Now you have announced an incredibly vague, yet massively worrying policy shift, stating that teachers must be licensed by a new Royal College of Teaching. This has of course been extremely well thought out, as the teaching profession is crying out for another level of bureaucracy. I often find myself pondering the questions “when will someone observe me?! When will someone question me about progress?! Why is there no way of bettering my teaching?!”
While I am not against developing the position of the profession, that has been publically tarred and feathered on what seems to be a weekly basis since Gove began his damaging reforms, my real fear is that you are simply carrying on down the same path. When talking of your own Free School plans, you talk of “rocket boosters” (http://www.dailymail.co.uk/news/article-2456871/Labours-shock-U-turn-Free-Schools-Milibands-new-education-supremo-reveals-party-WILL-support-academies-called-yummy-mummy-schools.html) to speed along changes. Will you also railroad through other reforms without really consulting those of us on the front line?
The next stage of the graph below will be very, very interesting. I really hope that my first impressions have been wrong and that you have simply been finding your feet.
After actually enjoying large parts of Educating Yorkshire, which I really think portrayed the profession well, warts and all, I drew breath before starting to watch the new series Tough Young Teachers last night. Was this a show that would help showcase the wonderful profession that we love so much? Would it illustrate the daily surprises teachers face? And would it show that you simply can’t predict what children will do and how they will progress? Well I’m not really sure yet…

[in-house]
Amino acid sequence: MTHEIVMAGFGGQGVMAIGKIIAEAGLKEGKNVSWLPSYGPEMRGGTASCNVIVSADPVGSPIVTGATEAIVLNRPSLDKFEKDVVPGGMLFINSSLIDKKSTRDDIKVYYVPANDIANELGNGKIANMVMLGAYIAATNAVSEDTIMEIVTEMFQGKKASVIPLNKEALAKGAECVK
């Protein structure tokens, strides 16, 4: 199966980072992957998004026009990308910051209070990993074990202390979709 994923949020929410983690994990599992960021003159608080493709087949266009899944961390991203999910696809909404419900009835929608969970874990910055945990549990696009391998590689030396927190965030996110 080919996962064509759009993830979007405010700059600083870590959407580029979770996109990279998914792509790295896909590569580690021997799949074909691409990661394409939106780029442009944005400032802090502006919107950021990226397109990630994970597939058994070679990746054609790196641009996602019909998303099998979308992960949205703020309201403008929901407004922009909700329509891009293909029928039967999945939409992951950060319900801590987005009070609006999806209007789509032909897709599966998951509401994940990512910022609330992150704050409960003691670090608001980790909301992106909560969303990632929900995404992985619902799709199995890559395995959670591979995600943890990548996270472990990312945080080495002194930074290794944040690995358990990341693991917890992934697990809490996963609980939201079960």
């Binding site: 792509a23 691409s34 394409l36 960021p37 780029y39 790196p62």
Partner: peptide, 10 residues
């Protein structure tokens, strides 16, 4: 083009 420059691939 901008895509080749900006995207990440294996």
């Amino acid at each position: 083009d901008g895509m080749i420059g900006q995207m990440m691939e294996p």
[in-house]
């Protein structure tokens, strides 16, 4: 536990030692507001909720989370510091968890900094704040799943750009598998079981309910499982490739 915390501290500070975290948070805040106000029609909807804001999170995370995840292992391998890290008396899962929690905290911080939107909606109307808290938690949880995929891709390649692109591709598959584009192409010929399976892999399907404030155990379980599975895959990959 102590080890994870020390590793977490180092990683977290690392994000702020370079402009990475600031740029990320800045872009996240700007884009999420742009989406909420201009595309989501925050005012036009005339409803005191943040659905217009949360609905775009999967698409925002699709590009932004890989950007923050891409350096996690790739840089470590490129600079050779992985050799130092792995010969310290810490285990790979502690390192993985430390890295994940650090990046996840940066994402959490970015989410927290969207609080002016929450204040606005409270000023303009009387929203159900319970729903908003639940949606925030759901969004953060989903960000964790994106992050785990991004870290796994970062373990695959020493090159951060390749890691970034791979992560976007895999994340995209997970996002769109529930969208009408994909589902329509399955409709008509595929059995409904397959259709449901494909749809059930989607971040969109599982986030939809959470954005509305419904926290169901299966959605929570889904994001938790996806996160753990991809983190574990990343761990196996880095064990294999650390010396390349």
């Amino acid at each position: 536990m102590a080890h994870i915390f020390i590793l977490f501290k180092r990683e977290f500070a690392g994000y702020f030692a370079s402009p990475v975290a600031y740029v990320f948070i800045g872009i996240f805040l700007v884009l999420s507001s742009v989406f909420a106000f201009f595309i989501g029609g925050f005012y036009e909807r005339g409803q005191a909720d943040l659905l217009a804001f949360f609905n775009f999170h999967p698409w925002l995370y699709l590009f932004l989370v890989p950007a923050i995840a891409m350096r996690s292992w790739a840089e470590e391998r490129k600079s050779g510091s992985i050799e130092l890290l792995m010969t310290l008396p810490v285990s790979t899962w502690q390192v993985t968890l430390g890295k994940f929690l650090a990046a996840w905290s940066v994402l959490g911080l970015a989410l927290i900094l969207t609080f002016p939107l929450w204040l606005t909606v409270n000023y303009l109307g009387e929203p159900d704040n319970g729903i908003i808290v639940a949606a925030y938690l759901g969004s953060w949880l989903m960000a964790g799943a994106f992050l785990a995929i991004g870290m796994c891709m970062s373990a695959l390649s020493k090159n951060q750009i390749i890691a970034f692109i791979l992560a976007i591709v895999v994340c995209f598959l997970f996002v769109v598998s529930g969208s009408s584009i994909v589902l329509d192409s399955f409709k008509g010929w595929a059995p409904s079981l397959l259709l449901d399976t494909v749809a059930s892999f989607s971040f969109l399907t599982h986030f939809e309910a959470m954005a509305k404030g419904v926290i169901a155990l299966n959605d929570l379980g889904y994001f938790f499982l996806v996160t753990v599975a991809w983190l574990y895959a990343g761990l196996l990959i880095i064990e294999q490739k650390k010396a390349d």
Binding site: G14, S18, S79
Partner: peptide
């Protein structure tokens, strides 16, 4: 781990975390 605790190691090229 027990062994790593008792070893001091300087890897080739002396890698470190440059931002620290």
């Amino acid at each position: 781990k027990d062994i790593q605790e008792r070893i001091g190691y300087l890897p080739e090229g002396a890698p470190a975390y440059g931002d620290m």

I don’t want to go into much detail about the specifics of the show and ruin it for those that didn’t see it, but it really did seem that these well meaning graduates had simply been thrown to the lions. Were they ready to teach? In almost every case shown, no; some good ideas, but where was the support? Where was the experienced staff member supporting them in the classroom? All part of the wonderful Govean Teach First scheme.
I will be honest before I go further; I did a PGCE and loved it. The training, support and opportunities that the course offered me were wonderful, and I know that everyone else that the same course at UEA would say exactly the same. The course was run by one of the most knowledgeable, helpful and intelligent practitioners one could wish for (the brilliant Terry Haydn) and has produced many brilliant history teachers (I clearly fell through the net, but you can’t manage everything!). He who shall not be respected really doesn’t like the PGCE, labelling those running the course part of the blob (an imaginary evil miasma of left wing academia, from the mind of a lunatic). So one of the new ways to produce teachers free of the control of the dangerous ideologues of the blob
From what I can see on the Teach First website, from various articles on the web and from this show, it appears that the entire scheme has the potential to be one almighty disaster. 6 weeks is not enough time to prepare someone for teaching in the classroom; yes it may give you a very swift overview of some of the issues, it isn’t enough to prepare them to teach. These aren’t training pupils, they aren’t simulation models, they are real pupils whose futures will be impacted upon. While of course pupils are also taught by PGCE students, this is under the careful gaze of their qualified qualified teacher, which is a good system. Problems can be quickly highlighted and advice given. The system works. Unless of course you are Michael Gove.